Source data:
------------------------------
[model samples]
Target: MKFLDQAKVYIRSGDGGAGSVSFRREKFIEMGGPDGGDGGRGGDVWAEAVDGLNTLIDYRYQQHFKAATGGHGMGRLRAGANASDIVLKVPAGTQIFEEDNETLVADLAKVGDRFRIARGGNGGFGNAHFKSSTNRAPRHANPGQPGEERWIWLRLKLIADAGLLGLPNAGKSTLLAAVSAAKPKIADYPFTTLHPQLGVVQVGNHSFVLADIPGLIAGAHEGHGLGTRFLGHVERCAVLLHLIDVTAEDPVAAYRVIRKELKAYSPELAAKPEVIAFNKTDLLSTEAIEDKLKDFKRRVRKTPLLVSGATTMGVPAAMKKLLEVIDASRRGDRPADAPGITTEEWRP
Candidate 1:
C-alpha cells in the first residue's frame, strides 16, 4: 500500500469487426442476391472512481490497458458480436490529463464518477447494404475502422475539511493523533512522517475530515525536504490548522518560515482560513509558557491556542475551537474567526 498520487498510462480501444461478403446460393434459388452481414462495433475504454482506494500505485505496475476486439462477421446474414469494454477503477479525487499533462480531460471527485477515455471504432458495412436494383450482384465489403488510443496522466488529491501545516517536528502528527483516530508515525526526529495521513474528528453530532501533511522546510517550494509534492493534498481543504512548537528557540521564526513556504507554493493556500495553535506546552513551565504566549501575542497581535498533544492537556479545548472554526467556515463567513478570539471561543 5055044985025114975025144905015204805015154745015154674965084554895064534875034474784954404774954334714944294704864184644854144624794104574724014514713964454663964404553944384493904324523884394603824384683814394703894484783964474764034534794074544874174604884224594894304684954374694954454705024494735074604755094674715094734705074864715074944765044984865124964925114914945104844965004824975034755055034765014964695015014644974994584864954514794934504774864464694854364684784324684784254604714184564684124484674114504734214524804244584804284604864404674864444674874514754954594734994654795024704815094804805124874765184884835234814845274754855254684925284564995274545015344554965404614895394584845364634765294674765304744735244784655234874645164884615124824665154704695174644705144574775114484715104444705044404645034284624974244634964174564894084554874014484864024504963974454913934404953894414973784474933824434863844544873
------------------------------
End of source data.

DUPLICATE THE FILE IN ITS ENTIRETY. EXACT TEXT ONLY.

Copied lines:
[model samples]
Target: MKFLDQAKVYIRSGDGGAGSVSFRREKFIEMGGPDGGDGGRGGDVWAEAVDGLNTLIDYRYQQHFKAATGGHGMGRLRAGANASDIVLKVPAGTQIFEEDNETLVADLAKVGDRFRIARGGNGGFGNAHFKSSTNRAPRHANPGQPGEERWIWLRLKLIADAGLLGLPNAGKSTLLAAVSAAKPKIADYPFTTLHPQLGVVQVGNHSFVLADIPGLIAGAHEGHGLGTRFLGHVERCAVLLHLIDVTAEDPVAAYRVIRKELKAYSPELAAKPEVIAFNKTDLLSTEAIEDKLKDFKRRVRKTPLLVSGATTMGVPAAMKKLLEVIDASRRGDRPADAPGITTEEWRP
Candidate 1:
C-alpha cells in the first residue's frame, strides 16, 4: 500500500469487426442476391472512481490497458458480436490529463464518477447494404475502422475539511493523533512522517475530515525536504490548522518560515482560513509558557491556542475551537474567526 498520487498510462480501444461478403446460393434459388452481414462495433475504454482506494500505485505496475476486439462477421446474414469494454477503477479525487499533462480531460471527485477515455471504432458495412436494383450482384465489403488510443496522466488529491501545516517536528502528527483516530508515525526526529495521513474528528453530532501533511522546510517550494509534492493534498481543504512548537528557540521564526513556504507554493493556500495553535506546552513551565504566549501575542497581535498533544492537556479545548472554526467556515463567513478570539471561543 5055044985025114975025144905015204805015154745015154674965084554895064534875034474784954404774954334714944294704864184644854144624794104574724014514713964454663964404553944384493904324523884394603824384683814394703894484783964474764034534794074544874174604884224594894304684954374694954454705024494735074604755094674715094734705074864715074944765044984865124964925114914945104844965004824975034755055034765014964695015014644974994584864954514794934504774864464694854364684784324684784254604714184564684124484674114504734214524804244584804284604864404674864444674874514754954594734994654795024704815094804805124874765184884835234814845274754855254684925284564995274545015344554965404614895394584845364634765294674765304744735244784655234874645164884615124824665154704695174644705144574775114484715104444705044404645034284624974244634964174564894084554874014484864024504963974454913934404953894414973784474933824434863844544873